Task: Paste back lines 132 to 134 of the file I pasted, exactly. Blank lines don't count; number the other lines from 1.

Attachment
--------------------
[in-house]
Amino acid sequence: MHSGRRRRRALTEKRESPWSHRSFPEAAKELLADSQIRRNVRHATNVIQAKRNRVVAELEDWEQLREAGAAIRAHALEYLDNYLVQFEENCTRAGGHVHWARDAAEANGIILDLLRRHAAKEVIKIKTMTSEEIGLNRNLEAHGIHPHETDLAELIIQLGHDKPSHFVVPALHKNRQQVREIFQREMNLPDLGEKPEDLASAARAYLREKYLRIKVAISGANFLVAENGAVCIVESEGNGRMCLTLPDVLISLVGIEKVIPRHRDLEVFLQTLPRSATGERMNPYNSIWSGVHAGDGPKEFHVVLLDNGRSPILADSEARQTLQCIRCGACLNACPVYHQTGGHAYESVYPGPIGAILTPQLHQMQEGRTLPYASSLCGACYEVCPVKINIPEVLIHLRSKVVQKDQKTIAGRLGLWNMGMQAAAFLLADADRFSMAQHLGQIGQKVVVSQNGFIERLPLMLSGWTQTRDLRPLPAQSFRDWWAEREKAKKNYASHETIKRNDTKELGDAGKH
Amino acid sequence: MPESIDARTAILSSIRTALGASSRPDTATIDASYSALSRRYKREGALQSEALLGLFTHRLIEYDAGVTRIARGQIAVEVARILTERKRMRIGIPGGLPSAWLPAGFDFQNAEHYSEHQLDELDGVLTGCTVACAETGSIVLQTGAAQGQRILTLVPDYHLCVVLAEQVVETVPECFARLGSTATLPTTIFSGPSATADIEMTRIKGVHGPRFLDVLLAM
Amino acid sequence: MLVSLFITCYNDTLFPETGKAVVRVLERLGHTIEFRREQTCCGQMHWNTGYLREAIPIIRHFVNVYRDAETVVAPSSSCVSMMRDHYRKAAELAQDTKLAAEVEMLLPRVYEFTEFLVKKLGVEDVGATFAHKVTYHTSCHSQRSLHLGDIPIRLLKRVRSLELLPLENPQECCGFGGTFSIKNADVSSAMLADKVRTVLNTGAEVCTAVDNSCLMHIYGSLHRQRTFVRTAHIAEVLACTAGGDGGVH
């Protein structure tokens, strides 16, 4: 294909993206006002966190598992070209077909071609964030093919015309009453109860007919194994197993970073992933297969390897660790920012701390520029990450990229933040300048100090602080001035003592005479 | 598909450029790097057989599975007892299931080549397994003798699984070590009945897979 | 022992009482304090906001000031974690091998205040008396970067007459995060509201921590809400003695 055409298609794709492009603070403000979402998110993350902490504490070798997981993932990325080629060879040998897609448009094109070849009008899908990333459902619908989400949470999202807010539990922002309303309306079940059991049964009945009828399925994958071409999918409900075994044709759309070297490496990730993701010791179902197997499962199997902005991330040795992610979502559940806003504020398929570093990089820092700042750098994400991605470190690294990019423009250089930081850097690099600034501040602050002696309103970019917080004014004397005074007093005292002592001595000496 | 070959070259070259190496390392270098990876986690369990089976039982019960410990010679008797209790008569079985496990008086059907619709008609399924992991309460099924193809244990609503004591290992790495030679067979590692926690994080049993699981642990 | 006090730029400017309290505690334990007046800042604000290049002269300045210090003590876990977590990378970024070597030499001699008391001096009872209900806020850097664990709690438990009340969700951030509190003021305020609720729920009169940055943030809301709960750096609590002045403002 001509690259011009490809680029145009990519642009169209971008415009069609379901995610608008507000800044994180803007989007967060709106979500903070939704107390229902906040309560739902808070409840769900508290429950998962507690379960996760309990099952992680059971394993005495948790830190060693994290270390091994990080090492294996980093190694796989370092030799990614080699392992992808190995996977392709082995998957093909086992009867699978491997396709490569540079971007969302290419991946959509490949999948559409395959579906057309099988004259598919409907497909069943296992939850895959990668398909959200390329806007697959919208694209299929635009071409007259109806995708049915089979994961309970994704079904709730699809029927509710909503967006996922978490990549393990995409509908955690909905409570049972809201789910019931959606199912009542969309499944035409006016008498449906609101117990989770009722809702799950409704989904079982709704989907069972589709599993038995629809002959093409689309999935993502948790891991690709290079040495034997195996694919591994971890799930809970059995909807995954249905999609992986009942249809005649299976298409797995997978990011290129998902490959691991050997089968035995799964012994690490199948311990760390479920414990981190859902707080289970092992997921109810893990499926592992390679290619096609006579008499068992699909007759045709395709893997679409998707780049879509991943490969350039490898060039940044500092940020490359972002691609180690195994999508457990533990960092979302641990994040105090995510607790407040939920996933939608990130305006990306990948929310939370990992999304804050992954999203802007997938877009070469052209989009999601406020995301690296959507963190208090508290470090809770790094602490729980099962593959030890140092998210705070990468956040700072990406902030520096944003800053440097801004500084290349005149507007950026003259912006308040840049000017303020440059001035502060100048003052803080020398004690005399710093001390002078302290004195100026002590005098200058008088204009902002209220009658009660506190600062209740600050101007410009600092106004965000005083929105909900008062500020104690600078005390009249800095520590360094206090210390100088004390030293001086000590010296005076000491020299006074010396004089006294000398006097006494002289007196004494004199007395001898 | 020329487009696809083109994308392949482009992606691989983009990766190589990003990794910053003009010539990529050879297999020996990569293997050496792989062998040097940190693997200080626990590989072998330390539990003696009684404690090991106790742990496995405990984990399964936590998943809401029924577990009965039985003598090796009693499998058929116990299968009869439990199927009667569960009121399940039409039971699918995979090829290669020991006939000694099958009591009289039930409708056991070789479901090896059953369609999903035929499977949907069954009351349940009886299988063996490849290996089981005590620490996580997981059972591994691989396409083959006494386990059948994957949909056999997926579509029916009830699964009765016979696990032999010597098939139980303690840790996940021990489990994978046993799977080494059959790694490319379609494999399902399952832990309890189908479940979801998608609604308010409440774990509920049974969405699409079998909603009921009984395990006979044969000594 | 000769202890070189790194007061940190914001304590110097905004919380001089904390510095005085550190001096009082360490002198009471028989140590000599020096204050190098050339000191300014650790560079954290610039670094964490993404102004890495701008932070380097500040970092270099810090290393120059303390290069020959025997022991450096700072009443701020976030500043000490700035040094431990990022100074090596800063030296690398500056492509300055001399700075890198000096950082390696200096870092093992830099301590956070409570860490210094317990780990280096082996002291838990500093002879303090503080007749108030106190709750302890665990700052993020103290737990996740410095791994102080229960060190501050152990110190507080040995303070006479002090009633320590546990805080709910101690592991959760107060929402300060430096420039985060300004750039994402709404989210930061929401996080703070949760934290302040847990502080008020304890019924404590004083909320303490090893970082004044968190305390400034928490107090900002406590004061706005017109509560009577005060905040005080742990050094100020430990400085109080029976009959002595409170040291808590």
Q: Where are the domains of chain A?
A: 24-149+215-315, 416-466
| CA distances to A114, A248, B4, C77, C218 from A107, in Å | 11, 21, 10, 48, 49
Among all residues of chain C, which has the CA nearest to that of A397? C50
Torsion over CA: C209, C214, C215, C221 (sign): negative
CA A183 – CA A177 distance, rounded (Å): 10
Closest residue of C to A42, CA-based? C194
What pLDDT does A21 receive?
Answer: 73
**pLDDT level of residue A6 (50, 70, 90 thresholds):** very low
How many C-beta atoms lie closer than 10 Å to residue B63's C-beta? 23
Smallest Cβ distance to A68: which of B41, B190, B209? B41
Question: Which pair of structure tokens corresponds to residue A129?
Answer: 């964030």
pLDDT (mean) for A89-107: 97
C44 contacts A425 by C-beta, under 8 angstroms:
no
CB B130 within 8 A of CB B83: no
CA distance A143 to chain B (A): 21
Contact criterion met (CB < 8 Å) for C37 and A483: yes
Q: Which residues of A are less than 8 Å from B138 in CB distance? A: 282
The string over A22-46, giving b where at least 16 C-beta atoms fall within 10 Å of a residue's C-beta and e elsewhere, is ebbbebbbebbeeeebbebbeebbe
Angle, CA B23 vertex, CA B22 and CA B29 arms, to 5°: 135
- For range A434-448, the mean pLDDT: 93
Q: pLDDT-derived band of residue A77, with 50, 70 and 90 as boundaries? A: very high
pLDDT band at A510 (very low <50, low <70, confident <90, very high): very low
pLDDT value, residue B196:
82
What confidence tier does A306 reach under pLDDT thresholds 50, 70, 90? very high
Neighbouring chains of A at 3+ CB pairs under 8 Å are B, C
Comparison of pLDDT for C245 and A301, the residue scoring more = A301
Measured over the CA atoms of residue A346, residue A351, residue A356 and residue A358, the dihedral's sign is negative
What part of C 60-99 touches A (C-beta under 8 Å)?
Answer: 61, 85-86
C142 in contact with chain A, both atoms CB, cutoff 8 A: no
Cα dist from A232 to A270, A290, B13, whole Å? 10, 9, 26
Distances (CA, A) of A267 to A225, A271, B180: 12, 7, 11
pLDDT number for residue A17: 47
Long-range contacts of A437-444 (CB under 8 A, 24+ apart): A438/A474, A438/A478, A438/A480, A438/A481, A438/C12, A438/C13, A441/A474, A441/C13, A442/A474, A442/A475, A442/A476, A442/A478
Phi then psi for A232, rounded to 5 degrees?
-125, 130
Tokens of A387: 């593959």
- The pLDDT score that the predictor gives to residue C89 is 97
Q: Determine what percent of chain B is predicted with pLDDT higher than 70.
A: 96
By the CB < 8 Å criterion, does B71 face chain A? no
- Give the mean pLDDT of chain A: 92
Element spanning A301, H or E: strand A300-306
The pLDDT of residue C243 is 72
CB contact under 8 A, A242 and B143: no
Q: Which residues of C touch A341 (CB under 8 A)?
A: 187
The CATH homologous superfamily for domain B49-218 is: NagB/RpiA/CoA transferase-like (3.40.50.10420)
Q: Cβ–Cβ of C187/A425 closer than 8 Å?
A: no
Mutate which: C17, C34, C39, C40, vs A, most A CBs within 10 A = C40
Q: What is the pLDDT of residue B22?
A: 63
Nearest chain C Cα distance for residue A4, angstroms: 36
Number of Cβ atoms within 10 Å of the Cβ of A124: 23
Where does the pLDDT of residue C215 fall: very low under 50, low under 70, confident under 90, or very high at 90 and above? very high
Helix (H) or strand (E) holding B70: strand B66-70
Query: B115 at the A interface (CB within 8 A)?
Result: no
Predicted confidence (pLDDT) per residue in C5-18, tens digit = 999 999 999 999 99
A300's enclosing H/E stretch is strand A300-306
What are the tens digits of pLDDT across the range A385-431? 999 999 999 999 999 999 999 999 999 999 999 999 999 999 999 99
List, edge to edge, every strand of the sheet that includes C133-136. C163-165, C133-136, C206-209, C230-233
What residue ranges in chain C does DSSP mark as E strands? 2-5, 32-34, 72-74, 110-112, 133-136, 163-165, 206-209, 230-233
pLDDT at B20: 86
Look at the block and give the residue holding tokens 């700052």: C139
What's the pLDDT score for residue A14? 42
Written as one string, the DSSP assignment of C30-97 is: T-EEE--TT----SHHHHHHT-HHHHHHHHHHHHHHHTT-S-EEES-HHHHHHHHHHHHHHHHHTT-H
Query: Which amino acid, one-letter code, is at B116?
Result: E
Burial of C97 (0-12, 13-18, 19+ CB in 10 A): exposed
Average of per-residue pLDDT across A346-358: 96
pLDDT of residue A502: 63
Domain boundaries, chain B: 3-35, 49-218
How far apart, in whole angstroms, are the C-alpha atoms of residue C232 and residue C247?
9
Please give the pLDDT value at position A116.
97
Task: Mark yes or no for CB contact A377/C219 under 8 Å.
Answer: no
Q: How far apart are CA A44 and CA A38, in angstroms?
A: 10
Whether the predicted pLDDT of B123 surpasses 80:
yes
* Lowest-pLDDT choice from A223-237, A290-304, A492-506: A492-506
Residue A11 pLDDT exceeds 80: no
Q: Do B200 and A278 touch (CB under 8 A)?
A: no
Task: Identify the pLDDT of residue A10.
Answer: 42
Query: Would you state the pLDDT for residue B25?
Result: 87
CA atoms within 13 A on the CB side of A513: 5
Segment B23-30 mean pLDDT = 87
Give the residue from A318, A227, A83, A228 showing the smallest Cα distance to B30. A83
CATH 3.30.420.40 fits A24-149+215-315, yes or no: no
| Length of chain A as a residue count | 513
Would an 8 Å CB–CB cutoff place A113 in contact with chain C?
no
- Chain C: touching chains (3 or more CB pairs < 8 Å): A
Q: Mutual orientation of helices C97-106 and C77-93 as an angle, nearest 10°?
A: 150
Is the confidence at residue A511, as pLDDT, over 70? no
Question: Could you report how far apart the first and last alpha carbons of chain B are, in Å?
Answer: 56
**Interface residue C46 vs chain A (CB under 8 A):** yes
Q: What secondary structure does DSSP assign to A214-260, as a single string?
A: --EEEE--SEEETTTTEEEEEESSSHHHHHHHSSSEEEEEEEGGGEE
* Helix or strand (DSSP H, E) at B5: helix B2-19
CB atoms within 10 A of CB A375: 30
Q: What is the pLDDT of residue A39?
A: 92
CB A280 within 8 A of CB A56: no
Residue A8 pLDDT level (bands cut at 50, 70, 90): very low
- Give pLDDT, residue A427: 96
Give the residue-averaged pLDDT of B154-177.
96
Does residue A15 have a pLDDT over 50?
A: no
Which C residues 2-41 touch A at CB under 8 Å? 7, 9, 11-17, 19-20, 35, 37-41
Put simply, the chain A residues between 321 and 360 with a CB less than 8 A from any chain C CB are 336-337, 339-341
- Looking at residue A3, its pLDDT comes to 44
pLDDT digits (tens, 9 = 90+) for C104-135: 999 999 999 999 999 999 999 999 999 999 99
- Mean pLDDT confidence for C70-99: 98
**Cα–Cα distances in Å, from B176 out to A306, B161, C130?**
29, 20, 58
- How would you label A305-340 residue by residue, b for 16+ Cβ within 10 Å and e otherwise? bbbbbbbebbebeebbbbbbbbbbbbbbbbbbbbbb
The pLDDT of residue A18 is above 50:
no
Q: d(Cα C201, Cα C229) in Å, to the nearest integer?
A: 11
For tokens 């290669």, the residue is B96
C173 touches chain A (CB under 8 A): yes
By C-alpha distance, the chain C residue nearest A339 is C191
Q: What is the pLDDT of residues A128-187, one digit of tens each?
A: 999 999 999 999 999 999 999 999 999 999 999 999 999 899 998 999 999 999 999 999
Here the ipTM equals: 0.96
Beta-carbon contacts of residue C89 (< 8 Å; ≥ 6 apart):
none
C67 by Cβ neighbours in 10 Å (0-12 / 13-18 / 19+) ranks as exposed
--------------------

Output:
- Looking at residue A3, its pLDDT comes to 44
pLDDT digits (tens, 9 = 90+) for C104-135: 999 999 999 999 999 999 999 999 999 999 99
- Mean pLDDT confidence for C70-99: 98